View the event images

To kick off the discussion our panel considered the following position:

DESIGNS OF THE FUTURE – CREATING AN ENGAGING ENVIRONMENT FOR GENERATION ALPHA
Our future city needs to be as equitable as it is dense, as humane as it is data driven, an environment in which a diverse population can thrive. Enduring architecture comes from transformative thinking. Like our founders before us, we ask what it takes to create a model metropolis – the next level city that is relevant for the imminent Generation Alpha that is yet to be born and experience their future world.

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Bates Smart Timeline

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165 Years of enduring architecture

Transformational design; city making; environmental solutions; craft & materiality and redefining density are objectives that have defined the Bates Smart practice and ensured our continuity throughout the past 165 years.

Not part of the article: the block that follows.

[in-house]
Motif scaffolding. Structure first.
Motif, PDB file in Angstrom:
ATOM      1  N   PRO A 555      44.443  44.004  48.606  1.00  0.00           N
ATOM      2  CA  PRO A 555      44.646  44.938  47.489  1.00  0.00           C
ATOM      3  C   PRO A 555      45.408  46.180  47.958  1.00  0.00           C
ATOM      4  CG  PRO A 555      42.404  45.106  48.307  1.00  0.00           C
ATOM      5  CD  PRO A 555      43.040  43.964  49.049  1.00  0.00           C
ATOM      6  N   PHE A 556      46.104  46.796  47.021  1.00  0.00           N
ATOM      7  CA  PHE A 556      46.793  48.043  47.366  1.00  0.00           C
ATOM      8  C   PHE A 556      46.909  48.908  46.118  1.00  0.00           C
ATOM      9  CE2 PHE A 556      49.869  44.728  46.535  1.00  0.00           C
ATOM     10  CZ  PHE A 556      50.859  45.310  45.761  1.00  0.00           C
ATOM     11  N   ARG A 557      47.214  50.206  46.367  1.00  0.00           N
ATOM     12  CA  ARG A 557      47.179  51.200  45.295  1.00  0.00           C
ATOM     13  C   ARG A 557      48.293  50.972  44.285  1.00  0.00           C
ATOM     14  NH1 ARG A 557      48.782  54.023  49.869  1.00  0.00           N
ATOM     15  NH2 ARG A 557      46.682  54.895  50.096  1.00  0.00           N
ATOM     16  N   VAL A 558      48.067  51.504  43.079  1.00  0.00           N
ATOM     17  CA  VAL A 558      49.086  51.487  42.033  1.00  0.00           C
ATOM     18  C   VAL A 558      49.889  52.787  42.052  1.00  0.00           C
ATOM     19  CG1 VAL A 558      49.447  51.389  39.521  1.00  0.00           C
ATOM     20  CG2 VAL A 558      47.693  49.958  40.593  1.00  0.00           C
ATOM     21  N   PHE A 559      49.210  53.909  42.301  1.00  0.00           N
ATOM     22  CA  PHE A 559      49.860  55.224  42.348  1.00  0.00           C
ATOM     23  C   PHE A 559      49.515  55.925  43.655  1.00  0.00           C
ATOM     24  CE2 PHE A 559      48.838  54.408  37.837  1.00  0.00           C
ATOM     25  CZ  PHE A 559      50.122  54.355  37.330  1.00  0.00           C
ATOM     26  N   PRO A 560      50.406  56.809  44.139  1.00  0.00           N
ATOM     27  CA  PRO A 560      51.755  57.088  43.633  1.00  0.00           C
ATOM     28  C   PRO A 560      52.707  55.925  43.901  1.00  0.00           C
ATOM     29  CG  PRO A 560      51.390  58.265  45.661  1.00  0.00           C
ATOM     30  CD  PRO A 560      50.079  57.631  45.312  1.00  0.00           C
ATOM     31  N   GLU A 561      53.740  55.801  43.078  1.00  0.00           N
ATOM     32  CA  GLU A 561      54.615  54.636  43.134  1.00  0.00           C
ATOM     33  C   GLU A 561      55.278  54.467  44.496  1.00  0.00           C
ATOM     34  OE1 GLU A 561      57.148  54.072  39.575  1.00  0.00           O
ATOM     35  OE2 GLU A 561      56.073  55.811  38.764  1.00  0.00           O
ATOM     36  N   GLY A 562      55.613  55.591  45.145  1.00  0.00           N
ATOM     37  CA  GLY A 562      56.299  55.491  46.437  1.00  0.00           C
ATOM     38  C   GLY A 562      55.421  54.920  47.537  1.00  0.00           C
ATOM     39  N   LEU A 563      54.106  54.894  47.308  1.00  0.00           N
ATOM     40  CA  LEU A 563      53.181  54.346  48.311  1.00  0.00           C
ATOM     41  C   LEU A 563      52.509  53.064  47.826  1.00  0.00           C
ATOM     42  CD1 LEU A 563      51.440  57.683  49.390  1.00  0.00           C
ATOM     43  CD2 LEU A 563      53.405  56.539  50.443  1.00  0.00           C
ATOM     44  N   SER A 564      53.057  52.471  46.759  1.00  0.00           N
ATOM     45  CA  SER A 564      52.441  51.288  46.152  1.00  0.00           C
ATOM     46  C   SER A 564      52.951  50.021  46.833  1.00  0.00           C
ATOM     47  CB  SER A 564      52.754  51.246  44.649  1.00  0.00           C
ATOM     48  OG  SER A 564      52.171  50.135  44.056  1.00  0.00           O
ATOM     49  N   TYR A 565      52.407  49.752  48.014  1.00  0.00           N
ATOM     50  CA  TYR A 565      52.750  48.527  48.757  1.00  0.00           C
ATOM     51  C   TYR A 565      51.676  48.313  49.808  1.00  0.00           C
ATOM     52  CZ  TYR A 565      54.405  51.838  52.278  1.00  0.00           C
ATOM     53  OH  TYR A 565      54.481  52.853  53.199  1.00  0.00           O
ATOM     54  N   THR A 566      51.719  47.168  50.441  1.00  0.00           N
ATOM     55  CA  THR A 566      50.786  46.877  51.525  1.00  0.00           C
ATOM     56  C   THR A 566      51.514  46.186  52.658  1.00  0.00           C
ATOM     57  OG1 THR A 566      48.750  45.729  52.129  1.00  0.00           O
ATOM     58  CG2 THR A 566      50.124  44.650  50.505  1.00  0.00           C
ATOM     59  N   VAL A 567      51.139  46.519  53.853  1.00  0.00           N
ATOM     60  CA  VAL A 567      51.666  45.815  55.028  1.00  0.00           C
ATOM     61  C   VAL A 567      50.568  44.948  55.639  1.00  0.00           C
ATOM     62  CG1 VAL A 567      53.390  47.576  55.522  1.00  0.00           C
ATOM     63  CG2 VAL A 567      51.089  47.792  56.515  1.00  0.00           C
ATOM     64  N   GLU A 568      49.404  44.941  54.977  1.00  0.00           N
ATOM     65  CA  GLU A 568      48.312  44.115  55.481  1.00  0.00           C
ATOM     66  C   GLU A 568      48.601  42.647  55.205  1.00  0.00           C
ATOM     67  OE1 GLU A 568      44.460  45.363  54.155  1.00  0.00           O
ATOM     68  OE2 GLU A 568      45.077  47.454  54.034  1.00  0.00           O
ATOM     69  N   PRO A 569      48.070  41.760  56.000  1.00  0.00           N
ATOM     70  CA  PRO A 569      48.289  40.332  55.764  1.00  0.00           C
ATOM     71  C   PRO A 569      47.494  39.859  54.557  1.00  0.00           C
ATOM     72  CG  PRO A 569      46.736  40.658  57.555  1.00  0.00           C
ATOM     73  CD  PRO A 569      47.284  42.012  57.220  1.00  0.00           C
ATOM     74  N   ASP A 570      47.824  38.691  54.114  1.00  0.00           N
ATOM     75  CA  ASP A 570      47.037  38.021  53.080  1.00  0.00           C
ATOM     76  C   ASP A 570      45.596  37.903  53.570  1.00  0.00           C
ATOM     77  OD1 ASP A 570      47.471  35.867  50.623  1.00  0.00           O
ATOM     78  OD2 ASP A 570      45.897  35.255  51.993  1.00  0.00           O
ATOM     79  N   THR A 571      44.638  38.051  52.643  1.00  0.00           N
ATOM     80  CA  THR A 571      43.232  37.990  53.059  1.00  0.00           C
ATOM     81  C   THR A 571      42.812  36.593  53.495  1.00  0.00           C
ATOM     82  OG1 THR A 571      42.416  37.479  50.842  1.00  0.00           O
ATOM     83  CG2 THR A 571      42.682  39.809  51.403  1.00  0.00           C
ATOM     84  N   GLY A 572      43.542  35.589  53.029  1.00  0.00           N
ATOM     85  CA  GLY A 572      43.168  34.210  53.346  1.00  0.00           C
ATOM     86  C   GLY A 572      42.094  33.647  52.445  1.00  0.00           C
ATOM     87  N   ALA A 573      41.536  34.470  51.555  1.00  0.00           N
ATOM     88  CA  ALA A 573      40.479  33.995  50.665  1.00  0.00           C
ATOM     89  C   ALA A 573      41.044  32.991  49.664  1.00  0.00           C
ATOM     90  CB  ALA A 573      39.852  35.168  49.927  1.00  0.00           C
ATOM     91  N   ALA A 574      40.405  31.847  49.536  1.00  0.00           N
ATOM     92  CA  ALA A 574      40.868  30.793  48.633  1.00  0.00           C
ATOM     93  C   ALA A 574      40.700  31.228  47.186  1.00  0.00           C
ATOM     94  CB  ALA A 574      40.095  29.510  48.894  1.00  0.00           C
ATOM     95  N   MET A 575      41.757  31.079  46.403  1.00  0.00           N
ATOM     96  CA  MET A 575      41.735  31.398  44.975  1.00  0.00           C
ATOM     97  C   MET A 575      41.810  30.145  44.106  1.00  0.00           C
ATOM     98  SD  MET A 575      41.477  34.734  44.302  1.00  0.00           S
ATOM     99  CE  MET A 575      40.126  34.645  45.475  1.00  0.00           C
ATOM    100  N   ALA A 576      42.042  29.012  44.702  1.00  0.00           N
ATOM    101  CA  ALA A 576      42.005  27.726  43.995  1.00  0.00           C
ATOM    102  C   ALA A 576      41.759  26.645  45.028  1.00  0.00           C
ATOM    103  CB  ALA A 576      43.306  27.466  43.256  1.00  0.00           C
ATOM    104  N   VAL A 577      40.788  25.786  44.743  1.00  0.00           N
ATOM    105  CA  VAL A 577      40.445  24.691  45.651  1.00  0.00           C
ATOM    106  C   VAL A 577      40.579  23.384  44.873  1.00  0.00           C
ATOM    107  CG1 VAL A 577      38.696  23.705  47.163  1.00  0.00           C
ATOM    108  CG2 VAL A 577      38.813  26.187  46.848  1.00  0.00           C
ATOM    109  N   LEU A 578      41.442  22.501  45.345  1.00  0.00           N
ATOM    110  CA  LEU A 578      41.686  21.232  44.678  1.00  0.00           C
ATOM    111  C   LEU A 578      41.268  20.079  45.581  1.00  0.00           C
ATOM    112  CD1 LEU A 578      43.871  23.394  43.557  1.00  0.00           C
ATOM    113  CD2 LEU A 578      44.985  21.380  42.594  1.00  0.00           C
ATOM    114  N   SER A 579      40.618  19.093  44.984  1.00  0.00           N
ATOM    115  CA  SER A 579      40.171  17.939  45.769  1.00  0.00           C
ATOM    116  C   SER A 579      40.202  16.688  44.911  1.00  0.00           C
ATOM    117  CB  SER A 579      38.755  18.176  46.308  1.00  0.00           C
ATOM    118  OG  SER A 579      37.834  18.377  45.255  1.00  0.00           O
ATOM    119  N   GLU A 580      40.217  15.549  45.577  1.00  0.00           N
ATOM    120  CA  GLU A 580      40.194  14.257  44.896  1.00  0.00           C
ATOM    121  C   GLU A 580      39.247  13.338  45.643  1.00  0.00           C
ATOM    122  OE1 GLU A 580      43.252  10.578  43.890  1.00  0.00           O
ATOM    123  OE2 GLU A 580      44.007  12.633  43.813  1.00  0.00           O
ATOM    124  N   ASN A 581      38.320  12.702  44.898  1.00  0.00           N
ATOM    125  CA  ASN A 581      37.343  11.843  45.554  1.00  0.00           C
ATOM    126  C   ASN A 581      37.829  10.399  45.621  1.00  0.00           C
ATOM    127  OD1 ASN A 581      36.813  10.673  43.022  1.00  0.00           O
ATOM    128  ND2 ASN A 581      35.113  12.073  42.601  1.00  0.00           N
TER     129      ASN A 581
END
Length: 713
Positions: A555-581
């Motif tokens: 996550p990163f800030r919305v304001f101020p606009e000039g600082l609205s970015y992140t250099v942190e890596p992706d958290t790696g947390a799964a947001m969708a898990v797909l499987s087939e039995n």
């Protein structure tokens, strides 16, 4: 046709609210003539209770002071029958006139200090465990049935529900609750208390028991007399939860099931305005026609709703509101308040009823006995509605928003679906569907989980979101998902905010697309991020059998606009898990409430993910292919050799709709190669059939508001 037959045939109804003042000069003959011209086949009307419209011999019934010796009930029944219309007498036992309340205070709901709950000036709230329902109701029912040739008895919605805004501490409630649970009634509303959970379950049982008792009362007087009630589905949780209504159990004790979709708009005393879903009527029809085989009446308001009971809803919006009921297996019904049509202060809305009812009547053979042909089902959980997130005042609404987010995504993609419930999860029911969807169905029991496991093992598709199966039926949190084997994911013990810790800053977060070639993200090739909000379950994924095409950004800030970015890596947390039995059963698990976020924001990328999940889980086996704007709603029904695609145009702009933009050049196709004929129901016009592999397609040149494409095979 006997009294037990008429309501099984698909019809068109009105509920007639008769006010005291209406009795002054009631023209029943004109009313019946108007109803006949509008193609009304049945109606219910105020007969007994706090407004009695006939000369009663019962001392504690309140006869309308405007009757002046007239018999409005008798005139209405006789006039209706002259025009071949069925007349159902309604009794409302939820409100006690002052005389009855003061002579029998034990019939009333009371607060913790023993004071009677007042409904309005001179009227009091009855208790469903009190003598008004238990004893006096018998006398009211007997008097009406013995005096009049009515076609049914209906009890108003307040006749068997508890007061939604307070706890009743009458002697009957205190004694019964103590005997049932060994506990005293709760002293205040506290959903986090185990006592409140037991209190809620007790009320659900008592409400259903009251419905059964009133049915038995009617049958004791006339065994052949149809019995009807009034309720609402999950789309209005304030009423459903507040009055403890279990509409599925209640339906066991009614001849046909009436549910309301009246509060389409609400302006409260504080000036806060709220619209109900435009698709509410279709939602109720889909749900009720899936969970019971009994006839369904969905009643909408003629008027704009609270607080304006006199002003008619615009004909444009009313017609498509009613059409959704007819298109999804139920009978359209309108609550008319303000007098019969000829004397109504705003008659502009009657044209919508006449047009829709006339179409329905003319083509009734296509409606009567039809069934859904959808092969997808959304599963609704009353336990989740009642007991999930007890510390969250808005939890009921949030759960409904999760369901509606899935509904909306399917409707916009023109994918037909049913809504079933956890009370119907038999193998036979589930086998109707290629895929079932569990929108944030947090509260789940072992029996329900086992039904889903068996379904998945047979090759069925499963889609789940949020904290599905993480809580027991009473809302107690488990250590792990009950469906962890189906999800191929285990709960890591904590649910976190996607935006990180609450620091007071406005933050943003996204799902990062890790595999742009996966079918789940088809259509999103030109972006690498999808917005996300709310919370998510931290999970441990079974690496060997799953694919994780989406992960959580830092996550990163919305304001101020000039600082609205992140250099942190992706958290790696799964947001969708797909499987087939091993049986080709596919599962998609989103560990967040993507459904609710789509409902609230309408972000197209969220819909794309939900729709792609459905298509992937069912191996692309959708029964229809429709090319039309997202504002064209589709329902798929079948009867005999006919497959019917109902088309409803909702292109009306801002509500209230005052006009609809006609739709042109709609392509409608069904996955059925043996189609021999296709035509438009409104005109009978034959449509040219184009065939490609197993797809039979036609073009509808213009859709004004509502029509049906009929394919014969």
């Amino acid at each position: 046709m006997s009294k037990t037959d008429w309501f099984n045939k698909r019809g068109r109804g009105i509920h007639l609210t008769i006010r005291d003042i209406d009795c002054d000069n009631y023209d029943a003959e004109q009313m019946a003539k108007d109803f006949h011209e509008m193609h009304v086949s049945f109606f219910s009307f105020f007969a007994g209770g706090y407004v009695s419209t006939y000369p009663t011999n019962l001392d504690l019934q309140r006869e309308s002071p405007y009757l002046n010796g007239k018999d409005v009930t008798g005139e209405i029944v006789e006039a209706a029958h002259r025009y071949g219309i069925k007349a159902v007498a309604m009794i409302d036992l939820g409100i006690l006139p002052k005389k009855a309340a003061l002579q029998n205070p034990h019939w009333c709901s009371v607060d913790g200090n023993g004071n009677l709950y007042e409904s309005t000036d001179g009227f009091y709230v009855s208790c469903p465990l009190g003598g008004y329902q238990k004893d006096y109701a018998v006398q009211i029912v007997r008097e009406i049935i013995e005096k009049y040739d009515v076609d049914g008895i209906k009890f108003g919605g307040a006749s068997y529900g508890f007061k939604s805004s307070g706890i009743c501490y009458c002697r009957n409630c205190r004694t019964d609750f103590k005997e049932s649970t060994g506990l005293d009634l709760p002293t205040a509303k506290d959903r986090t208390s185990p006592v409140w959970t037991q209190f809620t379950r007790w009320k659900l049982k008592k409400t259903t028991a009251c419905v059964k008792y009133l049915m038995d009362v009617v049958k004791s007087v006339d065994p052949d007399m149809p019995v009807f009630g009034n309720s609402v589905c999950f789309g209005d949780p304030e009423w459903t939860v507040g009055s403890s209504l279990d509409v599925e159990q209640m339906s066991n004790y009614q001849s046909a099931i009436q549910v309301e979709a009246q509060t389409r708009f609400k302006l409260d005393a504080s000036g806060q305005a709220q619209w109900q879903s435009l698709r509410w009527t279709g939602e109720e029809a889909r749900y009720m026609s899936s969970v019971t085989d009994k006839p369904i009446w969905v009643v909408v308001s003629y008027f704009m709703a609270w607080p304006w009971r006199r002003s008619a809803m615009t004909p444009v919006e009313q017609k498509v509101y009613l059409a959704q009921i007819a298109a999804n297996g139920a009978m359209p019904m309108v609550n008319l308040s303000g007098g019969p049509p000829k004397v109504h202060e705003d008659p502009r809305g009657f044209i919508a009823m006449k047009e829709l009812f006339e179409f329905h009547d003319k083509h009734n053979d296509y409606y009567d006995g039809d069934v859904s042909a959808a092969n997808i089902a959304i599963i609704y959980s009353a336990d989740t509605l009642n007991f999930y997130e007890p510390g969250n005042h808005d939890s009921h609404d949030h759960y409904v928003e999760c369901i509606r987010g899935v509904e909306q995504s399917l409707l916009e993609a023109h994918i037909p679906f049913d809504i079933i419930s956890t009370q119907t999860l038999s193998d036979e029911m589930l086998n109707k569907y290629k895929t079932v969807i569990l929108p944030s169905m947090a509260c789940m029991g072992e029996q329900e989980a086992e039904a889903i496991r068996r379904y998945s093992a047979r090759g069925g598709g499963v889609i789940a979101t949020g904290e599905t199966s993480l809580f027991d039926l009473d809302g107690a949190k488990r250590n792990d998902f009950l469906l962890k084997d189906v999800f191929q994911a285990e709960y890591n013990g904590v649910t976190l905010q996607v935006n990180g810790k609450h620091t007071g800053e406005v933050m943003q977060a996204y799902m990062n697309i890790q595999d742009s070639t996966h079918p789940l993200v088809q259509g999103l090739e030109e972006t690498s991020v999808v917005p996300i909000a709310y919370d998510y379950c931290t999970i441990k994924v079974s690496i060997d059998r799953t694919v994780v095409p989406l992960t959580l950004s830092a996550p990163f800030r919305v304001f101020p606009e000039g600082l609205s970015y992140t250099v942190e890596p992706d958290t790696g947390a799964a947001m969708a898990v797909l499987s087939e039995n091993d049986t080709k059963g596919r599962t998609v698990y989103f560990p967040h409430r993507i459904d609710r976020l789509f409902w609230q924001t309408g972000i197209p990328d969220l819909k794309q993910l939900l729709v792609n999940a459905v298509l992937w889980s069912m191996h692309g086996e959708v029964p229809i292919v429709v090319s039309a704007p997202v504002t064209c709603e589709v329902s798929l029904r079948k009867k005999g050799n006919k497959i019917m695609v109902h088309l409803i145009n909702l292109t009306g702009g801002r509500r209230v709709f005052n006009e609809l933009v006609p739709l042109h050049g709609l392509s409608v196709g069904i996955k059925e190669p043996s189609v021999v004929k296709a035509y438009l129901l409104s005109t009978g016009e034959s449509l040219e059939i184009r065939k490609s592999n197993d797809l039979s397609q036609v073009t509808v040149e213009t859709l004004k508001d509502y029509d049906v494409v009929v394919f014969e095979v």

This timeline captures some of the more significant projects from past decades, connects with key moments in history and represents the evolution of the company name. If you are visiting our studios you will see that we've installed a timeline exhibition incorporating our work, from 1853 through to projects that are yet to be built and each defined by one or more of these objectives

View the exhibition timeline booklet here

Environmental Solutions | Timber Talks

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Sharing Timber expertise

With four cross laminated timber buildings under development in the studios, Philip Vivian and Basil Richardson are preparing a series of knowledge sharing presentations on designing and building with new timber technology.

Both Philip and Basil will be presenting at the Council on Tall Buildings and Urban Habitat (CTBUH) 2018 Middle East Conference 'Polycentric Cities, The Future of Vertical Urbanism'. Philip will be participating in the panel session: 'Tall Timber 2030: Where Will We Be? Basil will presenting 'Tall Timber x2: Towers in Brisbane and Melbourne' as part of the 'Tall Timber: Asia & Australia' Session. The emphasis on timber demonstrates its renewed relevance in contemporary environmental construction.